The Institute for Work & Health is adding to its collection of user-friendly tools to help you make health, safety and return-to-work decisions based on the best scientific evidence.
How can researchers help workplaces make health and safety decisions based on evidence? This question has spawned a range of strategies at the Institute for Work & Health (IWH). These include research highlights, audience involvement in research, and professional networks for information exchange. IWH is now placing greater focus on another strategy: developing evidence-based tools. Evidence tools are user-friendly guides to help decision-makers understand and apply research.
Research users are telling us that such tools assist them in applying research evidence to their decision-making, says Jane Gibson, director of Knowledge Transfer and Exchange.
IWH has been in the business of creating evidence guides and tools for some time, but we are increasing the number of tools that we’re producing. The popularity of the Seven Principles for Successful Return to Work is one recent example.
Here are some new or upcoming tools to look for, with information about the IWH research from which they were drawn.
This hands-on guide helps occupational therapists (OTs) share return-to-work (RTW) knowledge with employers. It merges the Seven Principles into four stages reflecting OT practice processes. The tool, developed by members of the OT clinical network (made up of peer-nominated informal opinion leaders), the Ontario Society of Occupational Therapists, the College of Occupational Therapists of Ontario and IWH, is now online at www.iwh.on.ca/working-together.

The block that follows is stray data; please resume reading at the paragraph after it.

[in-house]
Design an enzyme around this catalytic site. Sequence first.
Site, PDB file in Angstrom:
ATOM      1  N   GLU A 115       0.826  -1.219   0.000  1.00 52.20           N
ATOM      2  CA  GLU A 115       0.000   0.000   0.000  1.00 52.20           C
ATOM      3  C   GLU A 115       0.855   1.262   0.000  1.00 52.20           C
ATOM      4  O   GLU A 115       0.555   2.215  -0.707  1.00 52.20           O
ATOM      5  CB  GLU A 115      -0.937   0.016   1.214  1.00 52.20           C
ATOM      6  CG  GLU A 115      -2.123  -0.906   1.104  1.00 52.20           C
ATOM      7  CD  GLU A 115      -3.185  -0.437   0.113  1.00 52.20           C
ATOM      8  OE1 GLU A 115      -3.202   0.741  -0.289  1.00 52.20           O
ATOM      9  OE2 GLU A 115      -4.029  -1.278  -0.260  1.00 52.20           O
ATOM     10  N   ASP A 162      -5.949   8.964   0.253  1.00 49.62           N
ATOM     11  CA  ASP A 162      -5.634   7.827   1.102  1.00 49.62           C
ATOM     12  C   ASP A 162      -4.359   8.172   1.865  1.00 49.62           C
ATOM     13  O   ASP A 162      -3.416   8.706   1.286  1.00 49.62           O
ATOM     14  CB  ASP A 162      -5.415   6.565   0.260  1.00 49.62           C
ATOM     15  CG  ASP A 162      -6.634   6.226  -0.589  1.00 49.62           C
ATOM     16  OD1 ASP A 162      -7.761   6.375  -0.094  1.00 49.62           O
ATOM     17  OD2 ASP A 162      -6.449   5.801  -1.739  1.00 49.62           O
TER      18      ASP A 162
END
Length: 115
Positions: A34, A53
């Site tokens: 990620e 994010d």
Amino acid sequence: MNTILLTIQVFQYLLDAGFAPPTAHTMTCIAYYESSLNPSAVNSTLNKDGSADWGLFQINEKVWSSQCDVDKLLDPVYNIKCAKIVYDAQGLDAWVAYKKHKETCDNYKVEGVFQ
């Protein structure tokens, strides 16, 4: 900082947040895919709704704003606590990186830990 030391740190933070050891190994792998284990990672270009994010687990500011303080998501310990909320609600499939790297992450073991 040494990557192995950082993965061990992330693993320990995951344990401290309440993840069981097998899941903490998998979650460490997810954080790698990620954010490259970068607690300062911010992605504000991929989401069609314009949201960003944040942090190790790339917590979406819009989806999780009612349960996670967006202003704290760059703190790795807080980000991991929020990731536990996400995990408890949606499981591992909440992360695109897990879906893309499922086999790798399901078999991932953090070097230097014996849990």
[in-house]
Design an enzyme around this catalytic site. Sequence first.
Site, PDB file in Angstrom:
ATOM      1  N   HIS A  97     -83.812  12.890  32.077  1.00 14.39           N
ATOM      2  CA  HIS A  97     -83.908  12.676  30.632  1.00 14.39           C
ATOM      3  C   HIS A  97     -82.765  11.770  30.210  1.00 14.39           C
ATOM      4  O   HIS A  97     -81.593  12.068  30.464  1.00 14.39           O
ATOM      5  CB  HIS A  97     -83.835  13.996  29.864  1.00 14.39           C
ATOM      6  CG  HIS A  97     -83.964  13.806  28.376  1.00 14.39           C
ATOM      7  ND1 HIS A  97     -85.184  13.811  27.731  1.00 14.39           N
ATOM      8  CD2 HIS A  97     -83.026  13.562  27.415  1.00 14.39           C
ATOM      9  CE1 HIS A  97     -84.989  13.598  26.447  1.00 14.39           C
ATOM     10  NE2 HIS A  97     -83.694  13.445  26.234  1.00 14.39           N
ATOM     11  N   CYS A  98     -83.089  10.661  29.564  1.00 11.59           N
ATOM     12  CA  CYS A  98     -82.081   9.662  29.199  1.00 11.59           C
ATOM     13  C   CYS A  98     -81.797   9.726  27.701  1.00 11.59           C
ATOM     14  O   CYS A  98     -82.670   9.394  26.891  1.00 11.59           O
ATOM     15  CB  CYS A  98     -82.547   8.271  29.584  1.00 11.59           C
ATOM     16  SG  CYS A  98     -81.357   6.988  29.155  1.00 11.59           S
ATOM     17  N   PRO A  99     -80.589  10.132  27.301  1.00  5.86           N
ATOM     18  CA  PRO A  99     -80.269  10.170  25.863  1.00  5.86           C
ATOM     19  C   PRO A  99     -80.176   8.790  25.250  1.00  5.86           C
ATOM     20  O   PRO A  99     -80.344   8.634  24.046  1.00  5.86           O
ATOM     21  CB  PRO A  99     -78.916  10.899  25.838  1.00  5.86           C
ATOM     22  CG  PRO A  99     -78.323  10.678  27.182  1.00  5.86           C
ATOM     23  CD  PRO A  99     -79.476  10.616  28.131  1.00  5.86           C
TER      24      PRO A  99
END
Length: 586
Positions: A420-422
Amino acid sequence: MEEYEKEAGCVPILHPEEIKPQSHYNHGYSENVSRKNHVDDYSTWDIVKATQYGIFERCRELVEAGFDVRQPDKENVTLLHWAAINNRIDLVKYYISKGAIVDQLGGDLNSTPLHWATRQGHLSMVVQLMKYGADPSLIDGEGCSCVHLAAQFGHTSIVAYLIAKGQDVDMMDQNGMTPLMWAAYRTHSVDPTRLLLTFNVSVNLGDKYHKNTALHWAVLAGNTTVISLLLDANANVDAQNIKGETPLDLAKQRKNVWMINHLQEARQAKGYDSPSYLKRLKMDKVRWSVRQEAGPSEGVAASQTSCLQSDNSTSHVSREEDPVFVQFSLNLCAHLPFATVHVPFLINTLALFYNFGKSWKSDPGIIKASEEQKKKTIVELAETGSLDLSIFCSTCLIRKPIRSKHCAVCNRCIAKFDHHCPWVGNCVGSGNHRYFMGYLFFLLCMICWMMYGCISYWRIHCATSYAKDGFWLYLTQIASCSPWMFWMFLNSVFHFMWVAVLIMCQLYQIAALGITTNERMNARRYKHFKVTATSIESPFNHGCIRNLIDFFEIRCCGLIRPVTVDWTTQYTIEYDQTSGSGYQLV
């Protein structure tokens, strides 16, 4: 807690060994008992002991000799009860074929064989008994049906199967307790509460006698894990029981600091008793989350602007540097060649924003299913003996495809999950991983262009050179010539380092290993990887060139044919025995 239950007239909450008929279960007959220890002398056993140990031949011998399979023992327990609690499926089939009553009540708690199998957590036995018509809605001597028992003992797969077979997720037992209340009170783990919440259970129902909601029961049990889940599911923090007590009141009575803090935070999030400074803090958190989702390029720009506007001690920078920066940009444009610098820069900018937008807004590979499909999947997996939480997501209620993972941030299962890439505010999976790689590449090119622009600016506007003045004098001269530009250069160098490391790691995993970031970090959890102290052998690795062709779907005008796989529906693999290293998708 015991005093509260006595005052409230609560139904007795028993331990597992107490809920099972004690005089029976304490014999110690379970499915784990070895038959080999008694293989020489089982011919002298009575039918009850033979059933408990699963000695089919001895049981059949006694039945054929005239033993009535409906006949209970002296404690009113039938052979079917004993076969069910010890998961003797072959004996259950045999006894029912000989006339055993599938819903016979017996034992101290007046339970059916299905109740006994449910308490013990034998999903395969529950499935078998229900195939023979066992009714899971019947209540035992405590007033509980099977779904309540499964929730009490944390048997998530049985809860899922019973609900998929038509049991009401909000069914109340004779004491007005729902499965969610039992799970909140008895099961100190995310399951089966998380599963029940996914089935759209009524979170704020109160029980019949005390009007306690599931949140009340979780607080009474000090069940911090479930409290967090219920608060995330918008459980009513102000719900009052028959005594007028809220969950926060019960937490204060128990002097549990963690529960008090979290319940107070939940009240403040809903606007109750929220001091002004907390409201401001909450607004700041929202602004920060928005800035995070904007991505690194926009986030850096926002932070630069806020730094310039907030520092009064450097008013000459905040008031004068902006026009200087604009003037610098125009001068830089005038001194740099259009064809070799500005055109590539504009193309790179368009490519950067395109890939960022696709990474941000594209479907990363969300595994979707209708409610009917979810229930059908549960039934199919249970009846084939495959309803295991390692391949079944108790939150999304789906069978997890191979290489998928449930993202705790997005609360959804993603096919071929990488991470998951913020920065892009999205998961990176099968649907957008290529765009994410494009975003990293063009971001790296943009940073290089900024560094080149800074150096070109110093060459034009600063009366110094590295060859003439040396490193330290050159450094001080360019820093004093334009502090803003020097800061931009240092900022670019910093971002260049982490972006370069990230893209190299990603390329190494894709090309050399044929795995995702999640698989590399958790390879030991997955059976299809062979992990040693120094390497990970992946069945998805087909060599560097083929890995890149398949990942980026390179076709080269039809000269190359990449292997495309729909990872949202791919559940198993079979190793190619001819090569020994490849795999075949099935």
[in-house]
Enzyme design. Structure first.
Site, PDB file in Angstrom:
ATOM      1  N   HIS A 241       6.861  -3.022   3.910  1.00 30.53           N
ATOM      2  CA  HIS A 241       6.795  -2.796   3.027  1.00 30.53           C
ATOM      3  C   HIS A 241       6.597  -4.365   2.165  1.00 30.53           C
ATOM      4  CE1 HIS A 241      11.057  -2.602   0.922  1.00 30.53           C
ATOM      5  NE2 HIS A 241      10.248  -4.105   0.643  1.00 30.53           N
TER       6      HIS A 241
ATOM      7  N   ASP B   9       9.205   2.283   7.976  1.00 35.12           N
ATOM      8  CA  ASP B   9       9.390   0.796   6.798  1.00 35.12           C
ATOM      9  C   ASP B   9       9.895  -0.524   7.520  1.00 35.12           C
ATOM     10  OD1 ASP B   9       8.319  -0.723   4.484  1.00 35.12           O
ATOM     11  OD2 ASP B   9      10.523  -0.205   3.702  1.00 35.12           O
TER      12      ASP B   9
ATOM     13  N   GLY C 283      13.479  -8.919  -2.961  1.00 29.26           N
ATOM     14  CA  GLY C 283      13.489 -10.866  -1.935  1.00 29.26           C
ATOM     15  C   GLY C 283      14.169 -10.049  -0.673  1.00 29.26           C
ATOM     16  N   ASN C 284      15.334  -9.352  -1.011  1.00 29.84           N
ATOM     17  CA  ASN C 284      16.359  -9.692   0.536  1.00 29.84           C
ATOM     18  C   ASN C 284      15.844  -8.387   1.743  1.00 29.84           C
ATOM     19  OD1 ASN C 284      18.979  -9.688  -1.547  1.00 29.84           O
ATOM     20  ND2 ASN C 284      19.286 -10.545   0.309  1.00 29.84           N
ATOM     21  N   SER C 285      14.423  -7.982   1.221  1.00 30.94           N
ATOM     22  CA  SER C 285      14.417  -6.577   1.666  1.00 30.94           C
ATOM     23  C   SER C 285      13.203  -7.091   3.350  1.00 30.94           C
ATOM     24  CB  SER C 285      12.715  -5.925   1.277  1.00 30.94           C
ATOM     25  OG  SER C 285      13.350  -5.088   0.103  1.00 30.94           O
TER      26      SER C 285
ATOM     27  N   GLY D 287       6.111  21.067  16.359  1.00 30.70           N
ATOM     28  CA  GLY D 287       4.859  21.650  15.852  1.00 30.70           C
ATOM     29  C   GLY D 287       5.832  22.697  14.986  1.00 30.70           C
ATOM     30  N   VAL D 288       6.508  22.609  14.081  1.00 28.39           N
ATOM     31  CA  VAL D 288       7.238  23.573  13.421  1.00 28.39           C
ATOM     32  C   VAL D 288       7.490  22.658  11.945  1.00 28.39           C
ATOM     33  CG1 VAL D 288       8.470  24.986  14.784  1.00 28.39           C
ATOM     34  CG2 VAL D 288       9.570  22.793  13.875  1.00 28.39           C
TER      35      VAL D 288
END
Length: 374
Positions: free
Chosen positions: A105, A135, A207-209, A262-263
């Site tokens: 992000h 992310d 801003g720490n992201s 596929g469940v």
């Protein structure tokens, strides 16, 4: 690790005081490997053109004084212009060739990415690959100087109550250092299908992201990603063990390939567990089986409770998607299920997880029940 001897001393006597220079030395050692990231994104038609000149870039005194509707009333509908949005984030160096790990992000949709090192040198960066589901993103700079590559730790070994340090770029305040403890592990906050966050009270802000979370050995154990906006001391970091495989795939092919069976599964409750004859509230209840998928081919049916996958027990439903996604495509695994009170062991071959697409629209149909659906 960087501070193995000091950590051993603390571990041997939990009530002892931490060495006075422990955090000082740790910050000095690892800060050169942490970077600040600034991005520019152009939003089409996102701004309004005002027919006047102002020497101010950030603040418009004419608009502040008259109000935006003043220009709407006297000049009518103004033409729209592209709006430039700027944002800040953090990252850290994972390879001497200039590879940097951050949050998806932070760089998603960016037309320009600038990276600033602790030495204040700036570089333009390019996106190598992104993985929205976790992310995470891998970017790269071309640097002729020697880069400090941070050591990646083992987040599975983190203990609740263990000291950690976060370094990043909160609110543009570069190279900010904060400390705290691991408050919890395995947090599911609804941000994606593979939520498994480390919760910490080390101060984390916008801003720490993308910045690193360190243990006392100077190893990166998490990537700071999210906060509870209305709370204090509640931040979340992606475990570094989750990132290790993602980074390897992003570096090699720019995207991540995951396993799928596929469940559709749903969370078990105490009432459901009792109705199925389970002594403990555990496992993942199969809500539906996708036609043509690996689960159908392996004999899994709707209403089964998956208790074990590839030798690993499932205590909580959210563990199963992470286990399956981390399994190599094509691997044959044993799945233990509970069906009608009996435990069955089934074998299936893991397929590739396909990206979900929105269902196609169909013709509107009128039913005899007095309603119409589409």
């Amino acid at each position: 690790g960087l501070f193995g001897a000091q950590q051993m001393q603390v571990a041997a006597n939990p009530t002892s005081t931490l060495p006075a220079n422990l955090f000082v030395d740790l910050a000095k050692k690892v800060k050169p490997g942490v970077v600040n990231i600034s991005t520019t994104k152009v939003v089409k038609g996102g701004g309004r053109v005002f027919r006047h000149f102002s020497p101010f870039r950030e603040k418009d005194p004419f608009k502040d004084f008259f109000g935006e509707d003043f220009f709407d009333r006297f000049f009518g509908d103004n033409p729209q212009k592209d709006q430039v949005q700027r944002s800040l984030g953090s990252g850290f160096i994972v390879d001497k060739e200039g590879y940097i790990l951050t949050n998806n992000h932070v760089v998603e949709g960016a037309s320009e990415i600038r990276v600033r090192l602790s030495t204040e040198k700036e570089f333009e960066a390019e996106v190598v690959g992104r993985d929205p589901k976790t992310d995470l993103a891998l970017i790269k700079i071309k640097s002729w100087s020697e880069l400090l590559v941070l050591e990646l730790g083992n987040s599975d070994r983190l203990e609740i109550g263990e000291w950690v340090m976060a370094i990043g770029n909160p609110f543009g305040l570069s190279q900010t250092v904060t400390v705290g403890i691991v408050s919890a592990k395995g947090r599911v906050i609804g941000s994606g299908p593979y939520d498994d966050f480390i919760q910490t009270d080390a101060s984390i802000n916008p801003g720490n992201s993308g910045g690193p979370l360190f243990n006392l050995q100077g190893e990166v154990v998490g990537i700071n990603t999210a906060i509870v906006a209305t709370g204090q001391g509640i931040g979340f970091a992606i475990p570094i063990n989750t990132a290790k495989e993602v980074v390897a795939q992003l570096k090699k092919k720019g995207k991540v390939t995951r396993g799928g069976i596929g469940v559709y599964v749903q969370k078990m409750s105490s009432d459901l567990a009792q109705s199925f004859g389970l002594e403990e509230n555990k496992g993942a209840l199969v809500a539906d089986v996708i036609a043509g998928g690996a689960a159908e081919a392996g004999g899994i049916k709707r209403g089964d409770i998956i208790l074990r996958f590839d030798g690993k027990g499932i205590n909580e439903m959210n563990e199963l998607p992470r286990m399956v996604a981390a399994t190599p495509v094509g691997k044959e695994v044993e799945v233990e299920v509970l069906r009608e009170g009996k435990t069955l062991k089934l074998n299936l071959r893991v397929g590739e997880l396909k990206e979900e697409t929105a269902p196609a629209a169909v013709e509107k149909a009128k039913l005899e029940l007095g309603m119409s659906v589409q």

The supporting research: The Seven Principles, which were developed from a systematic review of studies on effective RTW interventions.
Red Flags/Green Lights Return-to-Work Guide
Each year, a fraction of compensation claims don’t proceed as smoothly as expected, which can complicate recovery for injured workers. This tool helps decision-makers identify and avert the situations that may cause a claim to turn down such an unintended road (“red flags”). It also offers helpful practices (“green lights”). “The tool provides signs for different players, so that they can understand the different aspects of the injured worker’s problem and ask relevant questions,” says Scientist Dr. Ellen MacEachen. The guide is expected to be complete in spring 2009.
The supporting research: A study of complex claims led by MacEachen, which identified many of the red flags, as well as workshops across Ontario with workers, employers, health-care providers and workers’ compensation board staff, where solutions, or green lights, were discussed and confirmed.
This guide distills the essential elements needed to successfully implement a participatory ergonomics (PE) program in the workplace. It also includes real-life examples showing what happens with and without these elements. A PE approach, which seeks workers’ input on how to organize their work, helps prevent injury. “The idea for this guide came from stakeholders in systematic review meetings in Manitoba, British Columbia and Ontario,” says Associate Scientist Dwayne Van Eerd. The guide is expected to be available in mid-2009.
The supporting research: Two IWH systematic reviews, the first on the effectiveness of PE interventions and the second on the successful implementation of PE interventions.
Economic Evaluation Workbook
This practical workbook is designed to help decision-makers determine the economic costs and consequences of an occupational health and safety (OHS) program. The workbook team includes partners from Ontario and British Columbia. Workbooks specific to the manufacturing, service and health-care sectors will be developed. The scheduled completion date is December 2009.
The supporting research: A systematic review of OHS interventions with economic evaluations, led by Scientist Dr. Emile Tompa, as well as a methods text on economic evaluation edited by Tompa.
Source: At Work, Issue 55, Winter 2009: Institute for Work & Health, Toronto